Home A 13th Century View of Jewish Life Under Islam
Home A 13th Century View of Jewish Life Under Islam

A 13th Century View of Jewish Life Under Islam

Liberals who seek to rewrite Jewish history and Anti-Zionists of various flavors have one key myth, that Jews were well treated in the Arab world and that it was only the creation of Israel that spoiled this harmonious time.

In fact Jews living in Arab lands, like Jews living in Christian lands; were at times found useful and other times mercilessly and brutally persecuted. So much so that Ibn Ezra saw Mohammed as the 'little horn' of Daniel. One of the piyutim in the recent selichos, Samach Daled, is a flash of reality, particularly to any religious Jews who insist on the mythology of an Arab utopia in which Jews happily dwelt. And it is in some ways shockingly current though it dates back to the 13th century. A few selections follow...

"How can I come to you when those who serve other things will not permit me to serve you
They seek to divide me from you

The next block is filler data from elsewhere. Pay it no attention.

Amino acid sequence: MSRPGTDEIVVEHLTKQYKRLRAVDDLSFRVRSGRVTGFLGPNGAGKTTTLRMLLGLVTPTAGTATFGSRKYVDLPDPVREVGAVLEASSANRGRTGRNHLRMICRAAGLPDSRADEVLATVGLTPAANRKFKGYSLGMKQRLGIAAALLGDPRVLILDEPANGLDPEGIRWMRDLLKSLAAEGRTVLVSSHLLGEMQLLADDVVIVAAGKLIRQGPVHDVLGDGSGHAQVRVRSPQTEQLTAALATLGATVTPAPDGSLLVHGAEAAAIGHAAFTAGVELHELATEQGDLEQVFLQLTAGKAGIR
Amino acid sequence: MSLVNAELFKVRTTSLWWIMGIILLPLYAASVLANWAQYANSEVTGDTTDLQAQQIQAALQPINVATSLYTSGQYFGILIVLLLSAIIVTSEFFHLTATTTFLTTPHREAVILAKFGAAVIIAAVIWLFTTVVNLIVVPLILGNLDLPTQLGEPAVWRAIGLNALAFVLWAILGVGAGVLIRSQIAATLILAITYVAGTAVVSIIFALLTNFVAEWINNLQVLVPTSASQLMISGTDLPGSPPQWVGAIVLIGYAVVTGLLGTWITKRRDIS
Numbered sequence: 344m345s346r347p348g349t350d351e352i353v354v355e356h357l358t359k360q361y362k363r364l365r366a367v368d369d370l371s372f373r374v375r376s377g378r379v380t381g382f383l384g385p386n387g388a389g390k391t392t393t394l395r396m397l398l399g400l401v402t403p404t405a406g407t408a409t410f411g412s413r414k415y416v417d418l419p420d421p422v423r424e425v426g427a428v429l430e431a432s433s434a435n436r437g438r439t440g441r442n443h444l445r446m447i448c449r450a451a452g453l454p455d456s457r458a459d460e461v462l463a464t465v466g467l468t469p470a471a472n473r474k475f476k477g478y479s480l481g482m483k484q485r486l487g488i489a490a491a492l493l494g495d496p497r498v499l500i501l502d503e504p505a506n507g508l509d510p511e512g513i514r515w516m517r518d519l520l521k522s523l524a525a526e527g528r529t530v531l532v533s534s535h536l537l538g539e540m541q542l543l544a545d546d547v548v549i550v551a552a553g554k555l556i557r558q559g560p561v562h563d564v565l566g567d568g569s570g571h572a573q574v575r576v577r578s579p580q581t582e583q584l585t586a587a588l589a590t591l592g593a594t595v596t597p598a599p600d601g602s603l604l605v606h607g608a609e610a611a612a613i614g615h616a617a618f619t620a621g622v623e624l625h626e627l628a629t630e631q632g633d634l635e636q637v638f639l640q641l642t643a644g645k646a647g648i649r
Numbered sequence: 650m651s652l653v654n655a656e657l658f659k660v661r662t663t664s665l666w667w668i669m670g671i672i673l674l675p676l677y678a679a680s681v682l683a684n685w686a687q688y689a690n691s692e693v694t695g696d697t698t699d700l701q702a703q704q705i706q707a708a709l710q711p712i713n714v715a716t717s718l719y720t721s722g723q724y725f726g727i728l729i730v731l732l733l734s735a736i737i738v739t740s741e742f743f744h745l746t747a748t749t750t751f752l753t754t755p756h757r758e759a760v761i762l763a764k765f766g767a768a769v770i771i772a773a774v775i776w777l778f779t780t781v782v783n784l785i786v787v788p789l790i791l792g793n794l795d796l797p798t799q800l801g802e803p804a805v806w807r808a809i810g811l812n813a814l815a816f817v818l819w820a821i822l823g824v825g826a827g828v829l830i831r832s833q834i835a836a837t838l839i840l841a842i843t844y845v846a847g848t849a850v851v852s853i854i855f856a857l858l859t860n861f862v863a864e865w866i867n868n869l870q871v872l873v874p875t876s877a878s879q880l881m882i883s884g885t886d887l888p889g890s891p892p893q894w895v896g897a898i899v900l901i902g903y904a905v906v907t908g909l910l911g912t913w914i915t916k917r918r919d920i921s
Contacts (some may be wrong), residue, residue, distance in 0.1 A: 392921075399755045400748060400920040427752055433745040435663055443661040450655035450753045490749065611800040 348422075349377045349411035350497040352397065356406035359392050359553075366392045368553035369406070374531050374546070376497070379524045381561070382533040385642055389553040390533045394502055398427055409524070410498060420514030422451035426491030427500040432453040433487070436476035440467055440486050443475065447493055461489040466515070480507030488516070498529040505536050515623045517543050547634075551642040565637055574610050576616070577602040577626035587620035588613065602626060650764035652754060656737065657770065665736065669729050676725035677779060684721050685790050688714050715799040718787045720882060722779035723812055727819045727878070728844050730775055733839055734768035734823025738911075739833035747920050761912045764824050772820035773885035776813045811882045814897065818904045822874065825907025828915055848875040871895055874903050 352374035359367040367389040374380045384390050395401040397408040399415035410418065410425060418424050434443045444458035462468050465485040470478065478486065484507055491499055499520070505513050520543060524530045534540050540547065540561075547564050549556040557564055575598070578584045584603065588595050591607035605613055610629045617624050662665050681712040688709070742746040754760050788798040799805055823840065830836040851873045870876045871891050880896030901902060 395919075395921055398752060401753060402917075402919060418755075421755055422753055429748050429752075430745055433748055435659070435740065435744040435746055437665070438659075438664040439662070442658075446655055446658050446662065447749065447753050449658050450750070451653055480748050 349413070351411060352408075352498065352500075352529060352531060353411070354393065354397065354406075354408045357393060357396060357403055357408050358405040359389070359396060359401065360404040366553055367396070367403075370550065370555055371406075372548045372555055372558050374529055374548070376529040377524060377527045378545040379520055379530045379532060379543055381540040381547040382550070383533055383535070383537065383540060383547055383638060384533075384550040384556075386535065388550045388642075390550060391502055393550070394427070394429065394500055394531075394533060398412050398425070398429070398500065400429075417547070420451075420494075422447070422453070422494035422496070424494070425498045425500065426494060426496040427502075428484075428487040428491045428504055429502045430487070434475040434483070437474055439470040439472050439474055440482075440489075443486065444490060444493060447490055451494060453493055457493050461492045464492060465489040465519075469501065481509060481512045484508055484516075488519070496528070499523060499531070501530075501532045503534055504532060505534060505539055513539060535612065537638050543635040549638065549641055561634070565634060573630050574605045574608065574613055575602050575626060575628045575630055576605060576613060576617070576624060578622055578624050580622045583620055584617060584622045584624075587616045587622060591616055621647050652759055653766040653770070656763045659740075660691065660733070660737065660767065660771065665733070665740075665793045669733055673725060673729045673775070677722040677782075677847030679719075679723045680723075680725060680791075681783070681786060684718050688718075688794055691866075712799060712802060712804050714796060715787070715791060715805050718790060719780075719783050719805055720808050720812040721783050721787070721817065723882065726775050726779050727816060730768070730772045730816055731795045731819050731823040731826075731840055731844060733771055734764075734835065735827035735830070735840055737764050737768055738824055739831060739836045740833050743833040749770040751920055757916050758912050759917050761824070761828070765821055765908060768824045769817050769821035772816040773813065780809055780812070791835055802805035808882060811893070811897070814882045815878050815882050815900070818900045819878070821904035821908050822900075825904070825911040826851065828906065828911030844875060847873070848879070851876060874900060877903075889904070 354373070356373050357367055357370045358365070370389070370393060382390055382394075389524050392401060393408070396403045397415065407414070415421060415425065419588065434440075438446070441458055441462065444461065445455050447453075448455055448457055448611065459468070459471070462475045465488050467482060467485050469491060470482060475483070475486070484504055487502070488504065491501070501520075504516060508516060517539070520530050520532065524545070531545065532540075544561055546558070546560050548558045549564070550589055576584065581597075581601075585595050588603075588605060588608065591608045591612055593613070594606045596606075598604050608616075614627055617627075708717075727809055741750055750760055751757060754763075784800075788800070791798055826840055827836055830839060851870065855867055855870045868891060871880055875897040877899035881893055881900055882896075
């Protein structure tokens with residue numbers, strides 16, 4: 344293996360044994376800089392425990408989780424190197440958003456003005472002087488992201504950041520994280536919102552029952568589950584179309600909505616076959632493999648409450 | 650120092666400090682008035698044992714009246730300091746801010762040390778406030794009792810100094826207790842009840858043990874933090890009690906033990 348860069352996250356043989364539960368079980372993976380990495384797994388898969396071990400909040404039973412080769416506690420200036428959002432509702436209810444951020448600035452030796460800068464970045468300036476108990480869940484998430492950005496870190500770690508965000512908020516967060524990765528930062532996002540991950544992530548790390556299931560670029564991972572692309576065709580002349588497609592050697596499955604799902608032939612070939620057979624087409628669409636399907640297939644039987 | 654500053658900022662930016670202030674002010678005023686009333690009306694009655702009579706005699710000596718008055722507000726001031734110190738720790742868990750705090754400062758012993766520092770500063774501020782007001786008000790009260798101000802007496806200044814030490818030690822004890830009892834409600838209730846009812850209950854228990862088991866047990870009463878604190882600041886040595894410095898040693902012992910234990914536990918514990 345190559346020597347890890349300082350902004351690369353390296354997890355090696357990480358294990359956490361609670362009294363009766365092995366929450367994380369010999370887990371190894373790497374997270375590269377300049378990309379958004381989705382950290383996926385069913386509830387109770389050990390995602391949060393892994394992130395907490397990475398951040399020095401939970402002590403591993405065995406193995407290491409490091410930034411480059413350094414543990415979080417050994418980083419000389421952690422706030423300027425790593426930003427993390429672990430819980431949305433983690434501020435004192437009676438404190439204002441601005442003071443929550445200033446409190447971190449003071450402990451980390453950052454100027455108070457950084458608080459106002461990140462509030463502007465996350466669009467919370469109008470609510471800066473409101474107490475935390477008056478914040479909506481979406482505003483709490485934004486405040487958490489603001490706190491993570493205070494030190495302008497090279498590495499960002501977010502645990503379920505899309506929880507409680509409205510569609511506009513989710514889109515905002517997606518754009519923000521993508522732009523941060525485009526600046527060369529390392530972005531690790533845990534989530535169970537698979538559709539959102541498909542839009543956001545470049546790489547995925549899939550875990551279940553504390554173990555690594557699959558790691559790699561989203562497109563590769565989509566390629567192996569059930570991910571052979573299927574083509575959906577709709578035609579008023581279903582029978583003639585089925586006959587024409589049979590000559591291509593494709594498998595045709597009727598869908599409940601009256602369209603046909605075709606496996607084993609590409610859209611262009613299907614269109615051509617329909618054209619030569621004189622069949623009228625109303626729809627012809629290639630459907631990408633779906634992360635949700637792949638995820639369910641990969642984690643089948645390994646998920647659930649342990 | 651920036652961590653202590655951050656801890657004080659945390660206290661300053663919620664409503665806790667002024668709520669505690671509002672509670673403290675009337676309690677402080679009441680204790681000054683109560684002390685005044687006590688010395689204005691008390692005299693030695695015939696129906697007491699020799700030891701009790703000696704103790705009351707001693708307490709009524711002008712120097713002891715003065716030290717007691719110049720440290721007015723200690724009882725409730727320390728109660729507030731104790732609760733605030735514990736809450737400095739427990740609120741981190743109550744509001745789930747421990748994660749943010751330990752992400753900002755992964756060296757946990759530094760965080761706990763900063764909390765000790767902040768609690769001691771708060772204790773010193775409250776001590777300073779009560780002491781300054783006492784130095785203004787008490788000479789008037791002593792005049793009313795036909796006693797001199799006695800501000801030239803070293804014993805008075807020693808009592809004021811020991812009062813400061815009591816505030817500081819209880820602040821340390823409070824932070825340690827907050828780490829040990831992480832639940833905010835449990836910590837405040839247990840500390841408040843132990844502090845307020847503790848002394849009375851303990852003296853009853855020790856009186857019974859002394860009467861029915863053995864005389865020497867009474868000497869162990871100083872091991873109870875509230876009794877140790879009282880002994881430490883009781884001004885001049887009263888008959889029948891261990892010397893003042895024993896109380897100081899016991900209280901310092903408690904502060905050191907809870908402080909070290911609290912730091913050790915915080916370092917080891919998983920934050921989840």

But I have not forsaken your trust
How have I been exiled and go and wander through every road and district
And those who have made Moloch their king, rule over me

(note here that contrary to those who continually insist that Muslims also worship G-d, Rabbeinu Yitzchak ben Saadia is quite clear on what deity Muslims worship and it's one that involves human sacrifice)

For I have been delivered over to doers of evil and perversion
And they and their children shoot arrows at me
And I am like a sheep to the slaughter

(today it's rocks and bullets)

How broken is the kingship of the kingdom of your treasured people
and the rulership is extended for the rulers of evil people...
I have wept and shed tears from the yoke of Ishmael's children
And they mock me, Come and Hear
And I like a deaf man do not hear

How the Arabs have surrounded us and the sons of Ham cut us off
Who call a prophet a man who never prophesied
They build and assemble their armies and troops
And me, where shall I go?

How have my stars darkened and the planets turned back
And those who serve abominations have befouled my lands...
With all their strength and power they pain and grieve me
But I trust in your kindness and my heart will rejoice

How can the enemies of all that is pure reside in Zion...
And they are rich and princes raised up high...
How came they to dwell in my temples
and made themselves a dwelling there
From the top to the bottom
and from the bottom to the middle

Remember us and recall us with your salvation
from those who worship things that are not you
Hurl them out and swallow them up from your holy dwelling place
And I through your great kindness will at last enter your house"


  1. Anonymous9/10/08

    Sultan Knish